The Pau Costa Foundation together with Forest Europe, the European Forest Institute (EFI), and the Forest Science and Technology Centre of Catalonia (CTFC), organized a workshop (“Communicating the important role of Sustainable Forest Management to prevent wildfires”) in Barcelona, from February 7th to 9th, with foresters, researchers, communicators, journalists, and policymakers from different regions of Europe. The main objective was to share the growing challenges for forest managers to prevent wildfires, as well as to discuss the role of communication and media in reporting on these events, their consequences, but also the practices that are carried out to generate more resilient forests.
The first day started with a field trip to one of the forest areas in the Montserrat mountain, a peri-urban forest area, historically characterized by drastic changes in the population density, and the subsequent wildfires that have affected part of its forest cover in the last 30 years. On this tour, prepared by CTFC ,Pau Costa Foundation and the Diputació de Barcelona and hosted by El Bruc council, participants were able to discover plots with fuel treatments carried out on-site such as strategic forest management, prescribed burns, and extensive livestock. These actions are carried out with the aim of better managing the wildland-urban interface and discovering new and innovative measures for wildfire risk disaster reduction. The field trip counted also with speakers from several entities working in the Montserrat area: Montserrat Natural Park, the Catalan Fire and Rescue Service, La Pedrera Foundation and the Association of Forests Owners of Montserrat Surroundings.
The second day took place at Sant Pau Hospital premises in Barcelona. In the morning session, CTFC led the first session, “Understanding the wildfire risk management cycle and its communication” with and interactive activity to spot communication challenges and solutions in the field of wildfires. The session also included presentations from Pau Costa Foundation on how to explain wildfires to children through the Foundation’s environmental education programme “MeFiTu”; from the Programme for the Endorsement of Forest Certification (PECF) and from the Department of Climate Action, Food and Rural Agenda and the Catalan Fire Service and Rescue on communicating prevention activities and during an emergency. Both talks and the interactive activity covered topics such as basic pedagogy on forest management concepts for children at primary school level, differentiated communication strategies between the forest sector and society, and the relationship between journalists and the media with fire response entities.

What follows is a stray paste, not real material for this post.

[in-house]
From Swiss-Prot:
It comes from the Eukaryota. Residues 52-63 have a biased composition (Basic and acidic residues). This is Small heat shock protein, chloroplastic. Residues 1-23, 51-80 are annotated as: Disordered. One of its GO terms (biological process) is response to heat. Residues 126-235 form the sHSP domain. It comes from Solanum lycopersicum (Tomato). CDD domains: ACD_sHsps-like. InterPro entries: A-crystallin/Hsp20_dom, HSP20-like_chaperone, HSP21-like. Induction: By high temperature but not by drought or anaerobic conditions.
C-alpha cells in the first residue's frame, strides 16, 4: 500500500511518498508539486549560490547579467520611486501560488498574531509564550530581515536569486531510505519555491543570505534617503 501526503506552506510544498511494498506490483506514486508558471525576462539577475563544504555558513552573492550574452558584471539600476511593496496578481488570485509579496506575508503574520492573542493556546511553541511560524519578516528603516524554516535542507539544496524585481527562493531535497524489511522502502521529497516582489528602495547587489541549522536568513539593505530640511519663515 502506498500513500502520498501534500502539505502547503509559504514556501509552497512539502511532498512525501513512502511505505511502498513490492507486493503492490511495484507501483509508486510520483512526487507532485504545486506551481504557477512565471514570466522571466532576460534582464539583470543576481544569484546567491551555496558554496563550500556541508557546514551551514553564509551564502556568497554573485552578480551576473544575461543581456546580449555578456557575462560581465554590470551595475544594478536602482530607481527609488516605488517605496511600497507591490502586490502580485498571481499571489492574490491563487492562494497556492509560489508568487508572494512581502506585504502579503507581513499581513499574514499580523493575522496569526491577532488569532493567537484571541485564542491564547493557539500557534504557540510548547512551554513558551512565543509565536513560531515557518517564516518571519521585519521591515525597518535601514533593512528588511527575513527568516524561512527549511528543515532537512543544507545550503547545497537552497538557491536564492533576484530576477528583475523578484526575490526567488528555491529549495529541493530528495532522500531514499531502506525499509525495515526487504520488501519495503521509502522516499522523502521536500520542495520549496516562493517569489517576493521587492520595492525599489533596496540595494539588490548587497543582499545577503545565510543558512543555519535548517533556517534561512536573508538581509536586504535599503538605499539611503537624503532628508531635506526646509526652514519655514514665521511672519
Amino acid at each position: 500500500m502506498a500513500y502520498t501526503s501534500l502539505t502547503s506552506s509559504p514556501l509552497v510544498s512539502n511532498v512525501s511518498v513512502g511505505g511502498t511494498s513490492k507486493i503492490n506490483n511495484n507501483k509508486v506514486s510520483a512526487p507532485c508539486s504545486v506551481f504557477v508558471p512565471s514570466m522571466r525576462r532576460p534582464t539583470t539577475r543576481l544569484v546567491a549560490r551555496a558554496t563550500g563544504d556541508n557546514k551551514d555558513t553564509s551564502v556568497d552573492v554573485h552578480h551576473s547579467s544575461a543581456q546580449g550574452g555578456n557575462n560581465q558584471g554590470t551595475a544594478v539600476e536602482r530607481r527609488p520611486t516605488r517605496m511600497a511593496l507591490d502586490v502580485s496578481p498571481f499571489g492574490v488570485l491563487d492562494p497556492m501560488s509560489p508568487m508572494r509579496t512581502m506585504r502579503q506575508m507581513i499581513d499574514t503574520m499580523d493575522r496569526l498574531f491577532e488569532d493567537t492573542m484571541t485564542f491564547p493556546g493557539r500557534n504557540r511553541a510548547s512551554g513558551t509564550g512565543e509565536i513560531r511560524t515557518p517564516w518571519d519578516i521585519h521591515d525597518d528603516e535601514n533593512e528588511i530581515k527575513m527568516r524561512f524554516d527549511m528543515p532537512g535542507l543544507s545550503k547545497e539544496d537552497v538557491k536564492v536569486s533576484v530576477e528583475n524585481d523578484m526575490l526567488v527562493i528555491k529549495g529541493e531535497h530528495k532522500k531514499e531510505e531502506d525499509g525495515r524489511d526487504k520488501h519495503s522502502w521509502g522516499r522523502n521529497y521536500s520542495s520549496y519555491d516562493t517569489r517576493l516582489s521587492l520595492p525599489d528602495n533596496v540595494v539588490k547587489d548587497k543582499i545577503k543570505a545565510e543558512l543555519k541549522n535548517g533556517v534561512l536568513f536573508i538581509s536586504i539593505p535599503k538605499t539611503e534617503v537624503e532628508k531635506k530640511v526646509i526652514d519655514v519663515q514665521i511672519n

The afternoon´s session dealt with understanding and communicating the importance of wildfire risk prevention building on the role of sustainable forest management and other concepts. On this occasion, FOREST EUROPE presented its work related to the pilot of the pan-European Forest Risk Knowledge Mechanism that seeks to collect proven best practices for risk reduction of different hazards for forest areas such as fires but also disturbances, pests, and storms, among others. In addition, Alexander Held, researcher and expert in wildfire management, shared diverse experiences and cases where everything is related, and stated that it is important that local rural communities play a key role in landscape fire management because national authorities cannot be omnipresent and are not always capable to conduct all necessary activities in wildfire prevention. As a result, local fire management committees must be set up to play an active role.
One of the communication tools shown as an example of good practice to get different stakeholders to inform themselves and then take action is the policy brief (“Reducing Wildfire Risk in Europe through Sustainable Forest Managemant”) by Forest Europe and EFI. Moreover, Isabeau Ottelini, a PhD student from the Innovative Training Network PyroLife, presented her research on wildfire communication done by the community-based initative Pego Viu, and defended communities are agents of change.
On the last day the focus was on the debate and pitching of ideas created by groups of participants, intentionally mixed between researchers, communication managers, and forest experts to convey the audience of economically viable and sustainable strategies to communicate and promote sustainable forest management activities in different regions of Europe. The aim was to make the attendees understand the challenge of not only the science-media relationship but also the balance between prevention efforts and the human and economic efforts involved in reacting to wildfires in dry and extremely hot weather seasons.